Kapi-Mana News : August 9th 2011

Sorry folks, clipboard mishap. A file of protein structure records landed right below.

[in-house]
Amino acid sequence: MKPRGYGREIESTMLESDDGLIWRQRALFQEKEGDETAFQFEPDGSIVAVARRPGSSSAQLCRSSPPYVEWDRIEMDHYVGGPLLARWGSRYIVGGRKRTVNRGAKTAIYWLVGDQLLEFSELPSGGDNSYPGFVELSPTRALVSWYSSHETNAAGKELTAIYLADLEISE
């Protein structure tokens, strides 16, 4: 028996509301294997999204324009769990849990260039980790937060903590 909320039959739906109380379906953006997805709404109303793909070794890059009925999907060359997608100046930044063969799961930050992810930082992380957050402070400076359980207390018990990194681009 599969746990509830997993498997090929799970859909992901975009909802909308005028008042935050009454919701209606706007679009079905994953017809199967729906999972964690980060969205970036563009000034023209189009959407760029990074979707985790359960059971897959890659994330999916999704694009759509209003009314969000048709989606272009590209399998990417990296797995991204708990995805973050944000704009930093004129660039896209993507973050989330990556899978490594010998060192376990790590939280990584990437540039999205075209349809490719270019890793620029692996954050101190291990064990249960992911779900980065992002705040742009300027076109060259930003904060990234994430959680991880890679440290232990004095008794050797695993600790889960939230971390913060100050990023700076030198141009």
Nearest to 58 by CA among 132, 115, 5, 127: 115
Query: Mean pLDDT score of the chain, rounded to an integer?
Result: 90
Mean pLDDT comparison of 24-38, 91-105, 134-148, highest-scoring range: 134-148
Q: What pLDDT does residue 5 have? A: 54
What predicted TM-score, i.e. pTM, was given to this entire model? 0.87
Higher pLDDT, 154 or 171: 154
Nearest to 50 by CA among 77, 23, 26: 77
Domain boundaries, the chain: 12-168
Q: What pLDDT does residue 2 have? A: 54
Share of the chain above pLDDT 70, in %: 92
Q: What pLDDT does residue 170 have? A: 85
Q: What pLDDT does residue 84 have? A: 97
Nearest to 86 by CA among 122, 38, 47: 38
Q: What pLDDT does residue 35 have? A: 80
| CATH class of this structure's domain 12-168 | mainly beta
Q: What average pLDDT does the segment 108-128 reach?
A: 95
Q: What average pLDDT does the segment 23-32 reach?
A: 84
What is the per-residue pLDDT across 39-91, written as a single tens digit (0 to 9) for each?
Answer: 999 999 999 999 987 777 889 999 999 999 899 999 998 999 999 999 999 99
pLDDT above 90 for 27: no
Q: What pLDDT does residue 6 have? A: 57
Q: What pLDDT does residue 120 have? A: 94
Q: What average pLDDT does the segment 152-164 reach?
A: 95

19 KAPI-MANA NEWS, AUGUST 9, 2011 OPINION/NEWS Take Care of Your Pain Should women take a pink pill and men take a blue pill? Research suggests that men and women respond dif- ferently to pain. Which begs the question, should there also be different medications for men and women? What we do know is, that different types of pain are best treated with different types of pain medication. There are varying types of pain from headaches to backache, nerve to joint pain. Taking the wrong medication won't help your pain. For example, a ten- sion headache may be best treated using a non-steroidal anti- inflammatory such as diclofenac or ibuprofen. Whereas chronic joint pain, like that caused by osteoarthritis, may intially be better treated using paracetamol. "Of course, it also very much depends on you, the person suffering the pain, as to which medication might be best" says Graeme, pharmacist at Waitangirua Care Chemist. That's why it's best to talk to your Care Chemist pharmacist about which medication might best suit you, rather than picking up a product from the supermarket. As well as pain medication, there are extra steps you can take to help ease your pain. Many painful conditions may be relieved by applying heat. If you are suffering with period pain or joint pain, try applying heat such as a hot water bottle or wheattie bag. "Did you know that pain often responds well to physical activity?" says Amanda, pharmacist at Titahi Bay Care Chemist. "One of the best things you can do for back pain is to keep moving. Research shows that staying in bed can do more harm than good. Staying active will mean that you get better sooner and will have less problems in the long-term." Glucosamine is a nat- ural therapy that may support joint comfort and mobility for stiff joints. Glucosamine can be found naturally in your body. It is used by your body as one of the building blocks of cartilage. Glucosamine can also be taken in pill form as a supplement to your diet. Studies indicate that persistent pain maybe linked to depression. Pain can cause depression and depression can cause pain. If you have signs of depression, such as constantly feeling down, hopeless or having little interest or pleasure in doing things you used to enjoy for longer than 2 weeks then contact your health professional. Graeme is a pharm- acist at Waitangirua Care Chemist, 201 Warspite Avenue in Waitangirua and Amanda is a pharm- acist at Titahi Bay Care Chemist, 24 Whitehouse Rd in Titahi Bay. For references see www. carechemist.co.nz/painreferences How often do you find medications in your cupboard and wonder what they are for or discover they are simply out of date? Care Chemist is launching their first "Brown Bag Day" nationally so you can bring along your pain medication for review. You'll find out how to best use your medication and what to do with unwanted medications. It's a FREE service available to you. The Brown Bag day will be at your local Care Chemist in Waitangirua and Titahi Bay. For Waitangirua Care Chemist ph (04) 235-9340 for your FREE appointment. For Titahi Bay Care Chemist phone (04) 236-8410 for a FREE appointment. Advertorial TAPS PP1135 Brown Bag Day Graeme, pharmacist Waitangirua Care Chemist Amanda and Tony Titahi Bay Care Chemist Caring for you For temporary relief of local pain and inflammation Voltaren Emulgel General Sales Medicine. Contains diclofenac sodium 1%. Medicines have benefits and some may have risks. Always read the label and use as directed. Novartis Consumer Health Australasia Pty Ltd. Auckland NZ. Toll free 0800 700 222 ®Registered trademark. Offer ends 27/8/2011. While stocks last. pp pain relief to the All Blacks $29.99 100g Supplier of pa Great Value INGOT METALS BUYERS OF ALL SCRAP METALS & MACHINERY Email: email@example.com 37 Raiha Street, Porirua (04) 237 5322 •0274 454 725 3596010 • Steel • Copper • Aluminium • Brass • Old Cars • Electric Motors • Batteries • Whiteware 3646611AB Will it be a two-horse race? TALKING POLITICS GORDON CAMPBELL Theoretically, with National and the Greens now focused purely on the party vote, the Ohariu electorate should be a two-horse race: Labour's Charles Chauvel versus the incumbent, Peter Dunne. However, as I discovered years ago during a brief stint advising the Green Party, politicians often don't do as they're told. Voters can be even more contrary. At the 2008 election, 10,000 centre-right voters picked National's Katrina Shanks, even though National leader John Key had asked them to support Dunne. I've always thought it was going to be a two-horse race,'' Dunne told me. Does it [the deal with National] change things? No, not really.'' Well, could Dunne win Ohariu without the recent endorsement by National? Oh absolutely. In fact, our polling over the last year has shown us in a far stronger position.'' Spare a sympathetic thought in passing then for Katrina Shanks. Not only is her own leader preferring someone else entirely -- but is the beneficiary of Key's endorsement really saying that the sacrifice isn't necess- ary? We will never know whether it was necessary or not,'' Dunne replies. But on the basis of the [polling] evi- dence we saw, we were in a very good position and have been for more than a year.'' Has he ever felt like telling the National Party -- don't worry, I'm OK? We had some pretty robust discussions. But I must confess the announce- ment last week [by National] took me by surprise. I wasn't expecting it at this time.'' Dunne has a novel expla- nation for the decline in his majority in 2008. We suffered, because we had been associated with the previous government.'' So, rather than capitalising on 2008 being the high tide for the centre right, he feels he was tainted by association with Labour? Yes, I think so.'' His prior loyalty'' to Labour cost him dearly. I think people saw me as a min- ister in a Labour-led govern- ment. I think they saw that as a negative.'' Quite a different story, this time around. Part of Dunne's brand is his Mr Reasonable persona. Not that he could exercise any meaningful restraint on National -- but is there any- thing in its likely second term agenda that Dunne could not support? Wholesale privatisation,'' Dunne says. The sheer, com- plete sale of state assets for the sake of ideology. A very punitive regime [of welfare reform] that said for instance, welfare payments were time limited and after that, you're off the cliff. If the welfare safety net was being pulled back to say it would be for a particular period only and in certain situations only, that would be clearly a step far too far.'' And Dunne wouldn't vote for it in Parliament? No. If we got a return to Richardson- style economics, that would [also] be a step too far.'' Despite the portents, losing in November is not something Dunne has seriously con- sidered. Still, if this election does turn out to be his last hurrah, Dunne won't be lacking in interests beyond politics: such as family history, sailing, taking classes in languages, art appreciation. For now though, survival in Ohariu is his fulltime concern. Gordon Campbell is an experienced political journalist and columnist who has written for The Listener and Scoop. New Zealander of the Year starts Former Prime Minister Jim Bolger says the recent mass- acre in Norway was a reminder of what could hap- pen when cultural diversity was not celebrated. He was speaking at the launch in Wellington of the 2012 New Zealander of the Year awards. The aim of the awards is to acknowledge outstanding individuals and groups who make contributions to the positive future of our New Zealand,'' said Mr Bolger, the awards patron. The performance by Star- Jam was a highlight of the launch, which was held in Wellington on July 28. StarJam is a group that encourages young people with disabilities to explore the performing arts. It was a finalist last year in the com- munity category of the awards. The nominations are open until October 14. Winners will be announced in February in the five categories -- New Zea- lander of the Year, Senior New Zealander of the Year (for people 60 and over), Young New Zealander of the Year (for people aged from 15 to 30), Community of the Year and National Hero (drawn from Local Hero nominations). In addition, 250 local hero medals will be awarded. This is the third year of the awards, for which Kiwibank is the chief sponsor. Previous New Zealander of the Year winners have been Sir Ray Avery (2010) and Sir Paul Callaghan (2011) For information, go to nzawards.org.nz.